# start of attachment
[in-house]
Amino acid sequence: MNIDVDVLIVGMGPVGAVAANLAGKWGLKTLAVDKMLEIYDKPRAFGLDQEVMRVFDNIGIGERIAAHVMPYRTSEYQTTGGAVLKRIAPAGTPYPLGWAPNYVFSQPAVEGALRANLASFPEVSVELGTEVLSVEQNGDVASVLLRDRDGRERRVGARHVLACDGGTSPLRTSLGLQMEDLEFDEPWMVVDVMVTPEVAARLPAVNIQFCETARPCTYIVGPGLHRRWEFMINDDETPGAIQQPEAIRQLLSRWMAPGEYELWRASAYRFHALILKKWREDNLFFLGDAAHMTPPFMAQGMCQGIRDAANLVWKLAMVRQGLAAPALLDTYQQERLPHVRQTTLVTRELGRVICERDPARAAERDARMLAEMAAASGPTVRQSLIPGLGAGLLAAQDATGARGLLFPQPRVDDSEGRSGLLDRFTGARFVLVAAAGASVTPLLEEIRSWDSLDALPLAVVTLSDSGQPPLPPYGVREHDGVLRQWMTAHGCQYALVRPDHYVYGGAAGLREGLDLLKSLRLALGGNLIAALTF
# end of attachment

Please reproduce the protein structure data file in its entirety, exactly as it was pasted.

[in-house]
Amino acid sequence: MNIDVDVLIVGMGPVGAVAANLAGKWGLKTLAVDKMLEIYDKPRAFGLDQEVMRVFDNIGIGERIAAHVMPYRTSEYQTTGGAVLKRIAPAGTPYPLGWAPNYVFSQPAVEGALRANLASFPEVSVELGTEVLSVEQNGDVASVLLRDRDGRERRVGARHVLACDGGTSPLRTSLGLQMEDLEFDEPWMVVDVMVTPEVAARLPAVNIQFCETARPCTYIVGPGLHRRWEFMINDDETPGAIQQPEAIRQLLSRWMAPGEYELWRASAYRFHALILKKWREDNLFFLGDAAHMTPPFMAQGMCQGIRDAANLVWKLAMVRQGLAAPALLDTYQQERLPHVRQTTLVTRELGRVICERDPARAAERDARMLAEMAAASGPTVRQSLIPGLGAGLLAAQDATGARGLLFPQPRVDDSEGRSGLLDRFTGARFVLVAAAGASVTPLLEEIRSWDSLDALPLAVVTLSDSGQPPLPPYGVREHDGVLRQWMTAHGCQYALVRPDHYVYGGAAGLREGLDLLKSLRLALGGNLIAALTF